By Scott Reyburn, nytimes.com
“I don’t need to tell you, sir, how great this is,” said Sotheby’s auctioneer Oliver Barker last Wednesday evening, leaning over his rostrum and trying to coax another eight-figure bid out of the New York dealer David Zwirner for Kerry James Marshall’s 1997 masterwork, “Past Times.”
Moments later, Mr. Barker knocked the lot down to one of three telephone bidders for $21.1 million with fees. A wryly updated “fête champêtre,” showing black suburbanites relaxing in a Chicago park, had just set an auction high for any work by a living African-American artist. The painting was bought by the Grammy Award-winning rapper and music producer, Sean Combs, better known by his former stage names Puff Daddy and P. Diddy.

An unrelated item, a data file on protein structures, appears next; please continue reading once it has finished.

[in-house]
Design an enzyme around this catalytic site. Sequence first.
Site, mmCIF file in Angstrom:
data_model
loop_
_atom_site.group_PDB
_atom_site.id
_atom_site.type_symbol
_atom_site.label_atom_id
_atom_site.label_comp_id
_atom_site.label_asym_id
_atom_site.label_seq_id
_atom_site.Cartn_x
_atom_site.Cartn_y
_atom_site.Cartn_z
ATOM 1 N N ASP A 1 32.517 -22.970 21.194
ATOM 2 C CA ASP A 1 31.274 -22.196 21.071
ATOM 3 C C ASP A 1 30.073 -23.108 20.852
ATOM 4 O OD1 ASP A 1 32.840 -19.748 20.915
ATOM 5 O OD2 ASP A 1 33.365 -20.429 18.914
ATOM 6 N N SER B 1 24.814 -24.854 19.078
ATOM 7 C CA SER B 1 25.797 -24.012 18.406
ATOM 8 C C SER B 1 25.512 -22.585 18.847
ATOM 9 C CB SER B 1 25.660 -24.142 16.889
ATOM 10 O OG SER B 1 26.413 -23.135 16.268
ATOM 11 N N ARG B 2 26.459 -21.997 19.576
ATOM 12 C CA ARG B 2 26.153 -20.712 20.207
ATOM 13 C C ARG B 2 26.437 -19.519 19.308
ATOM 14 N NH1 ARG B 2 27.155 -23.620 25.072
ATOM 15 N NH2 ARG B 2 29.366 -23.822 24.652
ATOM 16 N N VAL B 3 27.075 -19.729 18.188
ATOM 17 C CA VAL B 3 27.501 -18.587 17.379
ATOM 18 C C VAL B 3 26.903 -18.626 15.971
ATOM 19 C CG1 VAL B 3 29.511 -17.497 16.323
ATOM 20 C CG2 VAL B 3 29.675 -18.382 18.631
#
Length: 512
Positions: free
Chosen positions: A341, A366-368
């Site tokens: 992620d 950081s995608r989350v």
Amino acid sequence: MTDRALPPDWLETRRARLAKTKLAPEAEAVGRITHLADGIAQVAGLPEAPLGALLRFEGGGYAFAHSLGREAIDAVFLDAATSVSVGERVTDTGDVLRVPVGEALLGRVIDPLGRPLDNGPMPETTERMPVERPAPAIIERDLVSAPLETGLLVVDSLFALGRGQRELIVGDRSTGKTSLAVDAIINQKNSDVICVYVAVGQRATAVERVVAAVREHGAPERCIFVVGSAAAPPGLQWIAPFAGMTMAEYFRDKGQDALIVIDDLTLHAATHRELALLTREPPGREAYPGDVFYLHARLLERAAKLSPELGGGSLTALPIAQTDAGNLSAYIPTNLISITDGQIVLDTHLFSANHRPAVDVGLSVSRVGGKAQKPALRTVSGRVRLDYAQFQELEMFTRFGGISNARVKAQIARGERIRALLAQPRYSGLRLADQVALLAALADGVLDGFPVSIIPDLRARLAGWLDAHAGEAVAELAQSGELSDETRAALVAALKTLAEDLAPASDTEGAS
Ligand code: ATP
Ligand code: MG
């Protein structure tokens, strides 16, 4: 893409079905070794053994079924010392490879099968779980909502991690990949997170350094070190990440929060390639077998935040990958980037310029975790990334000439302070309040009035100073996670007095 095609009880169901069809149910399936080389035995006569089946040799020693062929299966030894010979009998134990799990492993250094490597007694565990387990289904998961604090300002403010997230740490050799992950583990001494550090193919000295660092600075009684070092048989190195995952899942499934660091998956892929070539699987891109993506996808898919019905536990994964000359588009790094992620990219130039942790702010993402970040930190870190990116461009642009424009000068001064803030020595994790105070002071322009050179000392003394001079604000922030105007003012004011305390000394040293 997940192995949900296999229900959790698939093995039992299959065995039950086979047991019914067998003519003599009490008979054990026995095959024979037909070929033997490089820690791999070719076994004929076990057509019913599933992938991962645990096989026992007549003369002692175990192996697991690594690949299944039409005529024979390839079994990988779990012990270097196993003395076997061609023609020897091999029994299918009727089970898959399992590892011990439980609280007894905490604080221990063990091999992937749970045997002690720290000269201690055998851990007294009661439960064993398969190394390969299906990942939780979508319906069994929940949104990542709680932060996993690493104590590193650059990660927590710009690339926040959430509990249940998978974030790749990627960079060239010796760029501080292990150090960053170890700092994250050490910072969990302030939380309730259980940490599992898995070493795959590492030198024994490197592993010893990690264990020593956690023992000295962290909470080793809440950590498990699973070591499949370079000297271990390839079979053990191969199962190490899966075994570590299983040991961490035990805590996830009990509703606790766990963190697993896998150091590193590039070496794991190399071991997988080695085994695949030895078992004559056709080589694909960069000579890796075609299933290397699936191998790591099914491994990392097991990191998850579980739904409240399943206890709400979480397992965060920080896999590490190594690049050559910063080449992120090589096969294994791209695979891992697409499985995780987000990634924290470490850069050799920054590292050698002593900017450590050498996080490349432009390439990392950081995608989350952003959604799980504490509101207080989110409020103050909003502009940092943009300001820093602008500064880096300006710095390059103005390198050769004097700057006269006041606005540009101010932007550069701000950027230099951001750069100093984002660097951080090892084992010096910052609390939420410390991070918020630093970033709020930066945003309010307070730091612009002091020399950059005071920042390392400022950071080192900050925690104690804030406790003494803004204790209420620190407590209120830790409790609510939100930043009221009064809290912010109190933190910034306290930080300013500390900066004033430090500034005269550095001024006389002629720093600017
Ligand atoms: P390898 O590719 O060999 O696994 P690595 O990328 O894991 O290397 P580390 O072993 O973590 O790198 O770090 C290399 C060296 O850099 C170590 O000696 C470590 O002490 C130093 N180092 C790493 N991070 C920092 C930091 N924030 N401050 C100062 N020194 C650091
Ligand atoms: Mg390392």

For many, this sale was by far the most significant moment in the latest biannual series of auctions of Impressionist, modern and contemporary art in New York. But what did it signify?
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